As a leader, do you bring someone on your team for their talent and skill, or do you place a higher emphasis on attitude? When you think about the value that an organization delivers to a customer, you may question if attitude is the most important trait in a team member.
Much has been written about the power of attitude, but I want to offer a unique insight that may challenge you to reconsider the attitudes of those on your team.
I propose that attitude has much more to do with providing value than either talent or skill. The concept of value is determined in the eyes of the beholder. To prove that, all you must do is look at the different value propositions in the world of travel.
On an airplane, there are more expensive seats available in first class and cheaper tickets in coach. If you want an exit row or a seat near the front, then you must pay more. The plane will get from Point A to Point B either way, but the customers must decide what is valuable to them. We need our team focused on delivering value.
Part of that focus includes their ability to enhance value with an attitude appropriate for the type of service and product delivered. The people serving on your team could be influencing customer perspectives more than you may realize. An audit of where in the team’s history attitude has held back value is insightful. Where is attitude holding back value on your team right now?
Asking where attitude is holding your team back may identify some blind spots. Others will not be so easy to identify, and it’s important to remember that identification itself does not improve attitude. It takes a deep level of communication to make progress about attitudes. How is your leadership trained to lead those discussions?
If you cannot point to the specific training in place for the leaders, then it can likely be improved upon. The truth is there is almost always room for improvement when discussing attitude, and an organization is never at 100% between the attitudes of all team members.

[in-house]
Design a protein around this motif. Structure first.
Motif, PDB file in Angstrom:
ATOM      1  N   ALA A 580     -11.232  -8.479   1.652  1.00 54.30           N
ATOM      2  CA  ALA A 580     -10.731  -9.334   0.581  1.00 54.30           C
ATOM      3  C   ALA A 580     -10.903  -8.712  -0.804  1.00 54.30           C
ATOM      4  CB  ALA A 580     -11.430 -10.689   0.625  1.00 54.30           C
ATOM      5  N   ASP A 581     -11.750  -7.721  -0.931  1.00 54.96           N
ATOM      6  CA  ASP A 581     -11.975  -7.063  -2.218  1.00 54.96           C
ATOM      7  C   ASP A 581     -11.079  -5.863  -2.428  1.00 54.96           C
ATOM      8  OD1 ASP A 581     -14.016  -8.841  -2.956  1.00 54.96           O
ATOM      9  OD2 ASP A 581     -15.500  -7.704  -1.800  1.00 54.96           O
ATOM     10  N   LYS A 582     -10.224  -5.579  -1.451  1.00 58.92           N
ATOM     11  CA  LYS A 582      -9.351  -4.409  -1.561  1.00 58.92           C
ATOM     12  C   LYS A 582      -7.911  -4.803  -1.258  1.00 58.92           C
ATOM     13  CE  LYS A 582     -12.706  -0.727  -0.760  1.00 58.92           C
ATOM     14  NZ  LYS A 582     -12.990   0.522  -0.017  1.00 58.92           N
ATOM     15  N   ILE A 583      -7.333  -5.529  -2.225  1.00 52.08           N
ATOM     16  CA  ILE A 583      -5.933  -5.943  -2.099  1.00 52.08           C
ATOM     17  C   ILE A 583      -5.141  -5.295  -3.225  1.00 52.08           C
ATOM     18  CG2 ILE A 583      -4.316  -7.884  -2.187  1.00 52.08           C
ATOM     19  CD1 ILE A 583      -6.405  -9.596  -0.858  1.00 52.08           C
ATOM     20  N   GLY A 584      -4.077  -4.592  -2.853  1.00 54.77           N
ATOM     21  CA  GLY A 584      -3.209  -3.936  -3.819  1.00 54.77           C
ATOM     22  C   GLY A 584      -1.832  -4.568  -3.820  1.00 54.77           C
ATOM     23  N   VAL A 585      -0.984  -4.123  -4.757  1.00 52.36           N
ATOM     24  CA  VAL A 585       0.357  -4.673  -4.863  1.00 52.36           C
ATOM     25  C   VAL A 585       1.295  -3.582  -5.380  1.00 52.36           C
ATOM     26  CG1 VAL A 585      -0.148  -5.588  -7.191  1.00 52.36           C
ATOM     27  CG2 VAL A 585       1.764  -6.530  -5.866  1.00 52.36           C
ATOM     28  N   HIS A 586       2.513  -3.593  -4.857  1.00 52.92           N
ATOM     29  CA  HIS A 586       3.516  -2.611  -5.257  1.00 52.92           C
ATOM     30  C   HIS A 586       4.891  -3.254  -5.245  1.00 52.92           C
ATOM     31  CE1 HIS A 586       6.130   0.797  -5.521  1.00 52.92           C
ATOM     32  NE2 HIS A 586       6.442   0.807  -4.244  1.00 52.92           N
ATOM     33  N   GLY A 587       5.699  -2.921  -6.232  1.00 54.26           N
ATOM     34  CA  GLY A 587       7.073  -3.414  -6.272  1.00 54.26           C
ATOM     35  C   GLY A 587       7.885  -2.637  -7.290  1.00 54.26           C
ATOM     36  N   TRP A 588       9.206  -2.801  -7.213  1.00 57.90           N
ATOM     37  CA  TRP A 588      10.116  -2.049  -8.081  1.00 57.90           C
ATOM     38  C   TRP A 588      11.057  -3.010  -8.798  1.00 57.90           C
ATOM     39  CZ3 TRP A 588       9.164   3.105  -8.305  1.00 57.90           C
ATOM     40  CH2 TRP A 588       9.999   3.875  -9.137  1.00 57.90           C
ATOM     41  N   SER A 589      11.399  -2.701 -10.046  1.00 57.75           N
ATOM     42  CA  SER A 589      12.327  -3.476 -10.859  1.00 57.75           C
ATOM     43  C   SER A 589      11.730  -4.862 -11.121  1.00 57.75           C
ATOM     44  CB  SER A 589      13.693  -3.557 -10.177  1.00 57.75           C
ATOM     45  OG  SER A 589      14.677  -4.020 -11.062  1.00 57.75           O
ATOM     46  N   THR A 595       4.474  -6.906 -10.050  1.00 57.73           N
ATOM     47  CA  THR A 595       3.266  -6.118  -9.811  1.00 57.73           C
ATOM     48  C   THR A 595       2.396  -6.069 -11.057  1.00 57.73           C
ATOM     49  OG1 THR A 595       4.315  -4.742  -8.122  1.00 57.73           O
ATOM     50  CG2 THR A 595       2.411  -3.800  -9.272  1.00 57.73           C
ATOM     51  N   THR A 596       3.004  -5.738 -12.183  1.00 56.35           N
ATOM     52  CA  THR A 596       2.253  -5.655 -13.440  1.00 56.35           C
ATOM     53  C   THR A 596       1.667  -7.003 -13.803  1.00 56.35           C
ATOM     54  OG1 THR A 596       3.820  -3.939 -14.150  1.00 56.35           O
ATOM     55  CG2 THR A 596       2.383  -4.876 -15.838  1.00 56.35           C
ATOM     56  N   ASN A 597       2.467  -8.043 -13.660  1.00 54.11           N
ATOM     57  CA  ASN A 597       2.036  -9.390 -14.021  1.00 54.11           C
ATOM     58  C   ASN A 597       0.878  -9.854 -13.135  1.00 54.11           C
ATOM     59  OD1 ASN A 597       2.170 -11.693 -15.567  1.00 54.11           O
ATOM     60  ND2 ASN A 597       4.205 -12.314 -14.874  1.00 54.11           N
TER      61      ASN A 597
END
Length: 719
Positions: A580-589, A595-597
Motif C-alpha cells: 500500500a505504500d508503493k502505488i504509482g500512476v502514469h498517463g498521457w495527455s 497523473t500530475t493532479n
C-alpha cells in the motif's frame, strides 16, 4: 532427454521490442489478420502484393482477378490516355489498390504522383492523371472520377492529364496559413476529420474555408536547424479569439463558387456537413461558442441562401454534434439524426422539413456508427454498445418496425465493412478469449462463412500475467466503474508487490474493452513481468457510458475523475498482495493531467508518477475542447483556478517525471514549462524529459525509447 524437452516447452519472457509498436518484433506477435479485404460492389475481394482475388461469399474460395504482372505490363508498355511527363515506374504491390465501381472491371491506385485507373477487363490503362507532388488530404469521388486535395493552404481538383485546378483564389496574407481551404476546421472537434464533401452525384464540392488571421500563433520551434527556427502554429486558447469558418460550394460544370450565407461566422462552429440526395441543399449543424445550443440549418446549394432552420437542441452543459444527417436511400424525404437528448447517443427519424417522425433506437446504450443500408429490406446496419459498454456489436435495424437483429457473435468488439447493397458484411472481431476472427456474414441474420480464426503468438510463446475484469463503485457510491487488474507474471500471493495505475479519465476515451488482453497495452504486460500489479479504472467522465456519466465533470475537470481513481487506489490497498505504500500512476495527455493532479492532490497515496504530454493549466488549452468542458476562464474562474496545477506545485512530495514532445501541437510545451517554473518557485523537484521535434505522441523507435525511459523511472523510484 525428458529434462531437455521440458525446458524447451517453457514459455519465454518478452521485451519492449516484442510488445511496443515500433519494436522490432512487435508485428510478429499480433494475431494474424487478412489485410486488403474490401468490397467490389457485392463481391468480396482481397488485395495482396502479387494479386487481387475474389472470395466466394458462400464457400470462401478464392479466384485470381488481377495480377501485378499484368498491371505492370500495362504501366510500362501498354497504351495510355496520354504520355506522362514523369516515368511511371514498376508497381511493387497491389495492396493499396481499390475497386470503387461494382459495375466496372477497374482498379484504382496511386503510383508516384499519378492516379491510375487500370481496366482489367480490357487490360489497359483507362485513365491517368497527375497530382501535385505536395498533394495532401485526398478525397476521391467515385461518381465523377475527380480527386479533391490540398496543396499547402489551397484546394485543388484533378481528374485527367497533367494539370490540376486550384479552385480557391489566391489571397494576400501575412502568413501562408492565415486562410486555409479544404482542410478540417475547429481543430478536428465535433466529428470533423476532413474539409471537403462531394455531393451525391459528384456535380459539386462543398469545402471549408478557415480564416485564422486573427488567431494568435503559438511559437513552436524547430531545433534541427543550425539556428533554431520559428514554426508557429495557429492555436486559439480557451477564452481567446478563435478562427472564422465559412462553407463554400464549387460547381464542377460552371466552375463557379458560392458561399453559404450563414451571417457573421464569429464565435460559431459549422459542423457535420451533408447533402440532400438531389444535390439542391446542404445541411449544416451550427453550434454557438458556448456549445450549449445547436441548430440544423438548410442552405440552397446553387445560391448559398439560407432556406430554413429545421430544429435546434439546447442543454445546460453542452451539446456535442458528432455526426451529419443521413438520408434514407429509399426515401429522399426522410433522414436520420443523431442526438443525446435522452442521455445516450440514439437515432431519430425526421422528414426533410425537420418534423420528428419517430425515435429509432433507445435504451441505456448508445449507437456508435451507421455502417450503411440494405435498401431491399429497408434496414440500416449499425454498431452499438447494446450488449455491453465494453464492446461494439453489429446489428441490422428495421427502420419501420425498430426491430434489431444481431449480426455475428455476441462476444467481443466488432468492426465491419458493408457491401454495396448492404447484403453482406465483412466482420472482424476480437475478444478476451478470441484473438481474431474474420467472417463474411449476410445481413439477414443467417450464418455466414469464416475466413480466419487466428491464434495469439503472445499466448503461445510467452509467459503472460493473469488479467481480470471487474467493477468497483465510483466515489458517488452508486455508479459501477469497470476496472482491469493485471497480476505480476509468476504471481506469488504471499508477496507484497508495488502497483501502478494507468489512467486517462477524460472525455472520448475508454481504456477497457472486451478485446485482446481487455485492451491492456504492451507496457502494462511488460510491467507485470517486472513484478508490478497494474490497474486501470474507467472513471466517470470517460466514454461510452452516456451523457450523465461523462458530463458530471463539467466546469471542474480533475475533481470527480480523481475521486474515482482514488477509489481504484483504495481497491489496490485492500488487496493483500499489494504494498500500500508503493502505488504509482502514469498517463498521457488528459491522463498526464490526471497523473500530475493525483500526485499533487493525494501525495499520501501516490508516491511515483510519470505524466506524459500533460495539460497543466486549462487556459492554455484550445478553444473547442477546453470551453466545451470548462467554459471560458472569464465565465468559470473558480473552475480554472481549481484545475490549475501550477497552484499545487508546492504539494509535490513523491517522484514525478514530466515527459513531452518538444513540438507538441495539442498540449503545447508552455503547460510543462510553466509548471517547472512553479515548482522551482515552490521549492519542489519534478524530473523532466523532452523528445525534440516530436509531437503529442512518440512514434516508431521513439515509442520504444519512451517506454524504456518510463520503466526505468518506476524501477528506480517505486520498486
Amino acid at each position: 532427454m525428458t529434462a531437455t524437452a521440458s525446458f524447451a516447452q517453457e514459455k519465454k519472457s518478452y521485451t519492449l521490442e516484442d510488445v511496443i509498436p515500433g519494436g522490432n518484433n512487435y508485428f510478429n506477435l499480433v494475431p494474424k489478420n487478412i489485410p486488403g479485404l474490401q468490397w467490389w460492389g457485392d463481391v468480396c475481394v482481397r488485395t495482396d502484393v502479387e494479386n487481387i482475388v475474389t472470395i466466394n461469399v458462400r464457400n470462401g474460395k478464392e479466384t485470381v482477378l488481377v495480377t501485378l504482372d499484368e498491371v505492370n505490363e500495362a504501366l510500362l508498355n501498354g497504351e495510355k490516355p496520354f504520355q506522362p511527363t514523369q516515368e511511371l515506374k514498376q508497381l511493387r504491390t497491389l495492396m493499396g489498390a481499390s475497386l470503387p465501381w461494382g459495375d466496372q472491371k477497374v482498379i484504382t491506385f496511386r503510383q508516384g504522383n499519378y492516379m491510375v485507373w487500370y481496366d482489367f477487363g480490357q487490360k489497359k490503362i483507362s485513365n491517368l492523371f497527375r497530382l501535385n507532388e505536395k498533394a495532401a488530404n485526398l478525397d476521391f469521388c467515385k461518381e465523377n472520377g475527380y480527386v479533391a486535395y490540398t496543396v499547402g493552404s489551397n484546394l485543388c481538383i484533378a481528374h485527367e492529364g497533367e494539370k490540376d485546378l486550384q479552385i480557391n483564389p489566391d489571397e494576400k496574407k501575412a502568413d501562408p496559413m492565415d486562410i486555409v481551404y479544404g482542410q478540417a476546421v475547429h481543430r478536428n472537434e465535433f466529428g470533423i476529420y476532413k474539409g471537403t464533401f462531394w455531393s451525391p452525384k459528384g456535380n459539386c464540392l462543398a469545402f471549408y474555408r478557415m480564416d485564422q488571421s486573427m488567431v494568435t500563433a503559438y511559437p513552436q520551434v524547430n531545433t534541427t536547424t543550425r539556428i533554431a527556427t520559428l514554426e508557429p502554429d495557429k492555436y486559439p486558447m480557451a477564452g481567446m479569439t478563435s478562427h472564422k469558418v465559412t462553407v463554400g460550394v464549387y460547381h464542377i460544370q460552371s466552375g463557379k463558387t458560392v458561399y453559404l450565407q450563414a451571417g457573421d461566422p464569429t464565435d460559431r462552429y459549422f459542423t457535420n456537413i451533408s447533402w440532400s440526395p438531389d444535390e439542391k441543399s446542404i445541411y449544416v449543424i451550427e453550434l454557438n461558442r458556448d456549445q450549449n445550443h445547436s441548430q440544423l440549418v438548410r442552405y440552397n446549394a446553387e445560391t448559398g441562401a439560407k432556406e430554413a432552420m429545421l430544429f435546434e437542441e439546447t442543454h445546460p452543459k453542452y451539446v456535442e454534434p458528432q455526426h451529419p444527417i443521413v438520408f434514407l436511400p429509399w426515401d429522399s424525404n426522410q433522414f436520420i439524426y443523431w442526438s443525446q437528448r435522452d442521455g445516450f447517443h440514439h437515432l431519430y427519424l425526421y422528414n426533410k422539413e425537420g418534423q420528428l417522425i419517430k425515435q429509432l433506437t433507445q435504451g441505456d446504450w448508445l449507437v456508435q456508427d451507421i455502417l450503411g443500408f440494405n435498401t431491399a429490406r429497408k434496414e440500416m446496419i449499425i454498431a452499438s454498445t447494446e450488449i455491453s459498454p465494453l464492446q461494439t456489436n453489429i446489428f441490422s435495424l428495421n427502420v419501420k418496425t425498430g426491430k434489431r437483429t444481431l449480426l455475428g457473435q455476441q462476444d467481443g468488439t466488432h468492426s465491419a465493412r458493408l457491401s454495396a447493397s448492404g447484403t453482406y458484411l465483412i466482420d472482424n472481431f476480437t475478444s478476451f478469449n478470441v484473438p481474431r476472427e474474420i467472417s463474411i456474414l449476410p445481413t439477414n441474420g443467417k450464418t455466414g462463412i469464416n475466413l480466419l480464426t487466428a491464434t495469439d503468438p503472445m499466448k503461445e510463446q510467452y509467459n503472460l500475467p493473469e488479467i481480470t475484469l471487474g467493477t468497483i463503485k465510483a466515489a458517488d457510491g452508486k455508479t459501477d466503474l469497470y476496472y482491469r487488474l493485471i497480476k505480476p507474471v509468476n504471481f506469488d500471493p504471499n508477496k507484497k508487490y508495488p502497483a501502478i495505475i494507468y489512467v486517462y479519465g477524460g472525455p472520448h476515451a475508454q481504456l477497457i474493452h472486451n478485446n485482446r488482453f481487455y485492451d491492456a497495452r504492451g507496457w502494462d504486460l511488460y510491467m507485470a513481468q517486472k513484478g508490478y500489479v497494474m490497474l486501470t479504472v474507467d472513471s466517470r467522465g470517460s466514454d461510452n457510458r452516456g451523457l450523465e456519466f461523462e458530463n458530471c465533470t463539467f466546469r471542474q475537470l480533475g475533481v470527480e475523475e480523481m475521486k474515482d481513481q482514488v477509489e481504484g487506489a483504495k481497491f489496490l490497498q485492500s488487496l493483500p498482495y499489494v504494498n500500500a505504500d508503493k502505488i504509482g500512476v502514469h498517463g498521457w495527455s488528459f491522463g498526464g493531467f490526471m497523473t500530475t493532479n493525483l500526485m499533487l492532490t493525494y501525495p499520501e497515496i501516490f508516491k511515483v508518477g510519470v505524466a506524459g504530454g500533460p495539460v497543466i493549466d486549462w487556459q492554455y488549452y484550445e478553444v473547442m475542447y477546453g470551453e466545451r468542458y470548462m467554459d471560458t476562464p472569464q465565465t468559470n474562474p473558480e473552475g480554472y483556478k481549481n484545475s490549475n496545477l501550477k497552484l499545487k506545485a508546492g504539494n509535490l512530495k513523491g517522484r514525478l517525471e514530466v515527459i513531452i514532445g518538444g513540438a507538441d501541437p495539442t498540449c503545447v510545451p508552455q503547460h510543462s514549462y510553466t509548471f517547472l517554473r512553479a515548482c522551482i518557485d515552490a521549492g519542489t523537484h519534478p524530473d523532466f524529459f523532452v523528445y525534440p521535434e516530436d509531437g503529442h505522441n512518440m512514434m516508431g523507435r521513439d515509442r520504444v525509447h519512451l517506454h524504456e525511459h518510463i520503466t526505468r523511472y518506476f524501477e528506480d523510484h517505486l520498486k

The last question to consider is who has the authority to monitor the attitude of the organization and team? An organization of team members aligned in attitude may be an asset that the competition lacks.
You can probably identify businesses you’ve used in the past and now no longer do. Where was the attitude wrong with that business team? Did it affect the value you received? How did a competitor become a better fit, and what was the change in the attitude you perceived and appreciated?
These questions might lead you to think who in that past company had the authority to fix issues of attitude. If you give someone authority to increase the asset of attitude, consider it to be a significant investment. If it is considered a short-term investment, then it will not likely pay off. If it’s considered a long-term investment, then attitudes will shift for the long term, and the organization will shift up as a result.
Many employers are struggling with the impacts of COVID-19 and the ways in which it has changed our society. Attitudes have definitely played a role during this pandemic.
As leaders, we do not get the pleasure of not knowing when and how to act. Take time to audit the attitudes in your organization during this interruption, so you and your teams are better prepared for a new normal.
Aligning attitudes with your team members will reduce friction, improve efficiencies, and improve communication. It is simple, but it is not easy.
Mark Queen is founder at CoreScore, LLC. His experience as an entrepreneurial navigator and coach to leadership teams has explored the costs of attitude misalignment.